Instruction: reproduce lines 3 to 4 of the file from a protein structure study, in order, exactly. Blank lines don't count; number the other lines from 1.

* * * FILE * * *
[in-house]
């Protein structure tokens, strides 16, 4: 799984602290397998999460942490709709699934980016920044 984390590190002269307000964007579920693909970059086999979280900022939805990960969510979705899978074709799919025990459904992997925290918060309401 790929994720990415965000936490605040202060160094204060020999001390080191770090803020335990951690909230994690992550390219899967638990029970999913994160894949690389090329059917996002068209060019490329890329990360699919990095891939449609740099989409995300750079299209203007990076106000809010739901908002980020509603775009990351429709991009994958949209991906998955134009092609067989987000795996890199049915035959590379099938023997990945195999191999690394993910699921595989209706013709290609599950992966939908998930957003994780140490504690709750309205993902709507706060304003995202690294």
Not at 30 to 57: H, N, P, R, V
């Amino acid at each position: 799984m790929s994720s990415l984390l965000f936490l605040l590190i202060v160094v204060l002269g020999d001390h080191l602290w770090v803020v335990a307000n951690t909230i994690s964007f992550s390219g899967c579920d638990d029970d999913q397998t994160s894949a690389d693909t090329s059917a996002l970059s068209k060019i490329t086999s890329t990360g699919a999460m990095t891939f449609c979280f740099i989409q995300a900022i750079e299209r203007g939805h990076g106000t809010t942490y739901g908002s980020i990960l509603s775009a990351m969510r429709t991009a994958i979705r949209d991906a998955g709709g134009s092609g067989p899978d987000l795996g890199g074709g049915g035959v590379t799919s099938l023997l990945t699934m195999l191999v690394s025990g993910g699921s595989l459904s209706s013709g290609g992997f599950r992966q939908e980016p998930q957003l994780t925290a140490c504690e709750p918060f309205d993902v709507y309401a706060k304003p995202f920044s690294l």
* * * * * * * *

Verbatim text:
Not at 30 to 57: H, N, P, R, V
């Amino acid at each position: 799984m790929s994720s990415l984390l965000f936490l605040l590190i202060v160094v204060l002269g020999d001390h080191l602290w770090v803020v335990a307000n951690t909230i994690s964007f992550s390219g899967c579920d638990d029970d999913q397998t994160s894949a690389d693909t090329s059917a996002l970059s068209k060019i490329t086999s890329t990360g699919a999460m990095t891939f449609c979280f740099i989409q995300a900022i750079e299209r203007g939805h990076g106000t809010t942490y739901g908002s980020i990960l509603s775009a990351m969510r429709t991009a994958i979705r949209d991906a998955g709709g134009s092609g067989p899978d987000l795996g890199g074709g049915g035959v590379t799919s099938l023997l990945t699934m195999l191999v690394s025990g993910g699921s595989l459904s209706s013709g290609g992997f599950r992966q939908e980016p998930q957003l994780t925290a140490c504690e709750p918060f309205d993902v709507y309401a706060k304003p995202f920044s690294l």